LOS ANGELES — Fusion Media will be a Mouse trap no more.

The Walt Disney Co. has officially split from Fusion Media, the digital news venture it launched with Spanish-language media behemoth Univision. The venture was targeted at millennials, but hasn’t found a sweet spot or many viewers yet.

Univision, part of privately held Univision Communications, will become the sole owner of the property and will fold it into a new division, Fusion Media Group, that also includes satirical news site the Onion and pop culture portal A.V. Club. Univision will handle ad sales and distribution for Fusion’s cable channel, which was previously Disney’s responsibility, the company said in a statement.

“Fully integrating Fusion into our portfolio closely aligns with our desire to engage with our growing audience wherever they are, whenever they want, and in their language of preference,” Randy Falco, Univision’s president and chief executive, said in the statement.

Disney had been reported to be seeking an exit since December. The Mouse House’s stock weakened in the second half of 2015 and continues to struggle this year, as concerns about Disney’s cable channels, which provide the bulk of its profits, outweigh what’s been a banner few months for the company at the box office — especially in China. And Fusion hasn’t exactly been part of the profitability solution.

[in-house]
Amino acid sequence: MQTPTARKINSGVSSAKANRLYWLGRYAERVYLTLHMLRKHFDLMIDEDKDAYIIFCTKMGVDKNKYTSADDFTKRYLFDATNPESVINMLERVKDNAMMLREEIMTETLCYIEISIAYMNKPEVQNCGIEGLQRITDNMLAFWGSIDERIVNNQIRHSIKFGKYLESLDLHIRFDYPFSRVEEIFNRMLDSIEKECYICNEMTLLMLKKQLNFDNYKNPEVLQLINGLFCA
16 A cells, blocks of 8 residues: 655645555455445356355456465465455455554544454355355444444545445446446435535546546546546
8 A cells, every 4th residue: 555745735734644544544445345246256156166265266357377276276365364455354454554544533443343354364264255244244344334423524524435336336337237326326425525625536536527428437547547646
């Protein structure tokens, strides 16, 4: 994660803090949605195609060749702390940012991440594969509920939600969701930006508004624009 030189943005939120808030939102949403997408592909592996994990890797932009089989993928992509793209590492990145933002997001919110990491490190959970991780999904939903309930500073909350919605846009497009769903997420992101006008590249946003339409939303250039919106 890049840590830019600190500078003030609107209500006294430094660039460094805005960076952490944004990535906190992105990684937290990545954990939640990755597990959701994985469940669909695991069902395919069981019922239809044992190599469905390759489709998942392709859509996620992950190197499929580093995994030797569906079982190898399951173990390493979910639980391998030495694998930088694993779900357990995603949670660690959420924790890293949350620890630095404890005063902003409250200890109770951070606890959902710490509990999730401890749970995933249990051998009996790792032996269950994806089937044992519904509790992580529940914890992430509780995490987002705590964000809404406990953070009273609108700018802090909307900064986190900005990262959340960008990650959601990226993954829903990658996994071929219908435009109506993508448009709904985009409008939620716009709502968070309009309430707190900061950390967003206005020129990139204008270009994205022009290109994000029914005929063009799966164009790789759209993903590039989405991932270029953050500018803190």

Financial statements released by Univision show a loss of more than $80 million since starting Fusion. Neither the cable network nor the website has been able to pick up much traffic — as Gawker bluntly pointed out in June — despite featuring high-priced name talent such as anchor Jorge Ramos and finance writer Felix Salmon, who contributes articles to the site. Ramos is arguably America’s highest-profile Spanish-language anchor, but like everything else on Fusion, his newscast is in English.

Disney isn’t exiting digital media altogether. It still owns a 10 percent stake in Vice Media — which has another cable channel still looking for an audience — which was valued at $4 billion at the time of Disney’s most recent investment in December. It’s not clear how much Disney’s stake in Fusion was worth, and terms of the Univision buyout were not disclosed.